Can modern technology help decipher Linear A, the Minoan script that still keeps its secrets? Dr Ester Salgarella, researcher at St John’s College, Cambridge, not only believes so but also attempts it with the open access SigLA database she created in collaboration with computer scientist Simon Castellan from the University of Rennes, France. SigLA comprises a list of 300 standard symbols from 400 Linear A inscriptions hand copied by the researcher. The database is still being constructed, but over 3,000 individual symbols found on the inscriptions can be searched.

SigLA shows Linear A inscriptions in an interactive database, where users can see and clearly identify individual symbols (syllables, logograms, transaction signs, simple or complex symbols) as well as words and word ends. “Before SigLA, this knowledge was limited to the experts, who made the identifications themselves, since the only published corpus of Linear A inscriptions does not have voice transcripts of the texts”, Dr Salgarella told the Athens and Macedonia News Agency, explaining that for each Linear A text appearing in SigLA there is an internet link referring to the scanned pages of the corpus made available on the internet by its publishers i.e. the French School at Athens.

Additionally, the database allows advanced palaeographic searches to be carried out filtered by a set of parameters. “In this way, the data is adapted to each user’s research needs. We hope that all these searches and the flexibility in reorganizing the data will ultimately help ‘break’ the code”, she adds, pointing out however that “‘decryption’ means understanding the language encoded in a script as well as its linguistic link if this can be identified. Consequently, at the moment we can ‘read’ the Linear A script but we still cannot understand it”, notes Dr Salgarella, who deals with the relationships between Aegean scripts of the Bronze Age, i.e. Cretan Hieroglyphics (circa 1900-1600 BC), Linear A (c. 1800/1700-1450 BC) and Linear B (c. 1400/1370-1190 BC).

“Of these, only the Linear B script has been deciphered as the oldest written form of the Greek language we know, while the language (or languages) behind the other two scripts remains to be determined. In my research, I use an interdisciplinary approach that combines archaeological, epigraphic and palaeographic analysis and consolidates resulting data”, says Dr Salgarella. She has in fact published a monograph entitled Aegean Linear Script(s): Rethinking the Relationship Between Linear A and Linear B.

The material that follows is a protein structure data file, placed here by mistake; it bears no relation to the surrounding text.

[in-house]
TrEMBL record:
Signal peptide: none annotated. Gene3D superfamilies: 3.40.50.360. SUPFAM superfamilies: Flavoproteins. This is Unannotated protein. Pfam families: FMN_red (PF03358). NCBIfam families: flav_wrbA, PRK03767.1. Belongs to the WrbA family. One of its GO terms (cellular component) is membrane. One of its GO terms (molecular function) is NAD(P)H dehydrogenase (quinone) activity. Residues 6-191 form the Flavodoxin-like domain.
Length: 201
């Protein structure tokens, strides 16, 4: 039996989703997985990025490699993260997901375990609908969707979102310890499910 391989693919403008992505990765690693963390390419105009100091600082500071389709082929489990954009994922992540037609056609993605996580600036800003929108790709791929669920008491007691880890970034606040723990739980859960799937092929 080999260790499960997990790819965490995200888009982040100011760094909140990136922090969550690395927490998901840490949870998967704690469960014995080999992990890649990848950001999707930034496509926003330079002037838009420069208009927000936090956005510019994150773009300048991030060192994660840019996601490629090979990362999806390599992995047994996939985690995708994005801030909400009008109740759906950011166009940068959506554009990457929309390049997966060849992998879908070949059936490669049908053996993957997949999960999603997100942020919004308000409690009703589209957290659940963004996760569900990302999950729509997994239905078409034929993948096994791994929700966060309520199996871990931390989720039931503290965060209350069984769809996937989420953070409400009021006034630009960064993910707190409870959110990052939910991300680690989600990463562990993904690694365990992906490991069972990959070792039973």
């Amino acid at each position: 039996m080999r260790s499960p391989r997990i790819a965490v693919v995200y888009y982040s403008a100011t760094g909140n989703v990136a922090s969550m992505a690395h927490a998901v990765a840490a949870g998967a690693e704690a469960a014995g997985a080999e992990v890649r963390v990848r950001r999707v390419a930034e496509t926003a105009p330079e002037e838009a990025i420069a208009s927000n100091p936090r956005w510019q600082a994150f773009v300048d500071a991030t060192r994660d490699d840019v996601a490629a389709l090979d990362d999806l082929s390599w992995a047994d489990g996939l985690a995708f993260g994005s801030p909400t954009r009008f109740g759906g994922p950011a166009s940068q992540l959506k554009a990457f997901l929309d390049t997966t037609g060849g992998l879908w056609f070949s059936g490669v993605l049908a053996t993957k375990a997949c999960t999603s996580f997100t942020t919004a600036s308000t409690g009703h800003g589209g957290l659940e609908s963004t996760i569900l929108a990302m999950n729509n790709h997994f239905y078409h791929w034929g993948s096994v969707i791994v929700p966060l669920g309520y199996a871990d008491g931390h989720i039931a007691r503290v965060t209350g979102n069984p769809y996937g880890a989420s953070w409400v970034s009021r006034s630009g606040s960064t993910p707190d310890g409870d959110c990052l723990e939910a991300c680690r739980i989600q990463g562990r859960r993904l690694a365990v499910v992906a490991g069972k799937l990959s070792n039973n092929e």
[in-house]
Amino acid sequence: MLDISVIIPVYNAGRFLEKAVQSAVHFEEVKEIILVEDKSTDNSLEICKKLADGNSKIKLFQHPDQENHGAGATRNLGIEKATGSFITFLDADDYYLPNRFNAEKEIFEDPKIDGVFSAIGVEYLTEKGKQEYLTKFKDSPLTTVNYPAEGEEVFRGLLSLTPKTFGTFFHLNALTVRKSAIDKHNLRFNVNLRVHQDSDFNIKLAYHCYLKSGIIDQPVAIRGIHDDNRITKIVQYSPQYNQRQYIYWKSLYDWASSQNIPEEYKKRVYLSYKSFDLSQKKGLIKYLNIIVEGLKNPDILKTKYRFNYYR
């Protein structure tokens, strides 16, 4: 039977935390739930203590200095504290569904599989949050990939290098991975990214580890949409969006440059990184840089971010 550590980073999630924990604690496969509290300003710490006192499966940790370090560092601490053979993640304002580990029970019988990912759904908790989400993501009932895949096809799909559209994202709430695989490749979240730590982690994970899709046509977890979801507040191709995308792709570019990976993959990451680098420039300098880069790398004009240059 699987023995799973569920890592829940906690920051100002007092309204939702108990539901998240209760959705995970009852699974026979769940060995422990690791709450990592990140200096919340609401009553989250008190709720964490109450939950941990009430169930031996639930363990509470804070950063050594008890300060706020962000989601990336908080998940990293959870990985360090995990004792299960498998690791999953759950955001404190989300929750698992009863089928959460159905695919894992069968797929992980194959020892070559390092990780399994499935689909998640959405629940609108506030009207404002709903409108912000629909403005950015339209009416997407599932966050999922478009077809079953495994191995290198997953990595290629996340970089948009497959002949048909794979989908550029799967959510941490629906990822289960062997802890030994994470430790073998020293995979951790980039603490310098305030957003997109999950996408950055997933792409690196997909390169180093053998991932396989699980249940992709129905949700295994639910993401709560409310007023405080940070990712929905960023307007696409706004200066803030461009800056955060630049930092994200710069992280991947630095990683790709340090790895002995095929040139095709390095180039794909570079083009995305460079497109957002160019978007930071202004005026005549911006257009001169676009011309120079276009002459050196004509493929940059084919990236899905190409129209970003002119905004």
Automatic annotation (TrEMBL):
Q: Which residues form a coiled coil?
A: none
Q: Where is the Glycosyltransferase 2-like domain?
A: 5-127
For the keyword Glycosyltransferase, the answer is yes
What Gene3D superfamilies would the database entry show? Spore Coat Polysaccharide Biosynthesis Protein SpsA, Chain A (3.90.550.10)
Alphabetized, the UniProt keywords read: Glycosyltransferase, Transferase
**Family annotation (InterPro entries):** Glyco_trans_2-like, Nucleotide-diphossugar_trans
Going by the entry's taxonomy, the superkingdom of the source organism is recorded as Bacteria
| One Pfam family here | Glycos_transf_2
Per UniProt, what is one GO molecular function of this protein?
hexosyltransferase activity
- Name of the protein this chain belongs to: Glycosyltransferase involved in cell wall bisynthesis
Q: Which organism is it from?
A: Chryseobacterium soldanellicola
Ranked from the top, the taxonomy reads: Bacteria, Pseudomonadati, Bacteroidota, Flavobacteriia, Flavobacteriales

But why is Linear A so difficult to decipher? “In total, there are only around 1,400 inscriptions in Linear A script, which is not particularly impressive when compared to Linear B for which we have about 6,000 inscriptions. Thus, the first problem is the rather small existing set of data added to which, most inscriptions are fragmented or poorly conserved. The second problem is that most inscriptions are short and formal (brief archives of economic transactions), without much apparent syntax, which does not help discover the language’s grammatical structure. Thirdly, we do not have some bilingual text that could help us properly recognize the words’ semantics. For the time being, all these reasons make it difficult to recognize the language that has been coded in Linear A” she answers the AMNA.

In answer to how possible she considers the decryption of Linear A, she says: “As I mentioned above, a number of obstacles do not allow us to decrypt Linear A. Although we can ‘read’ the inscriptions in Linear A using some of the phonetic values we have for Linear B, we cannot understand the former script’s symbols. Until we achieve this, the script remains ‘not encrypted’. Considerable progress can be made with interdisciplinary analysis and the help of modern technology. We need collaborations between researchers working in different fields in order to use as many different and complementary approaches as we can. SigLA can help in this respect, but it is not ‘the magic lamp with the genie’. We must create tools to further investigate the characteristics of the inscriptions as well as the underlying language, unless we ultimately find a bilingual text”, Dr Salgarella concludes.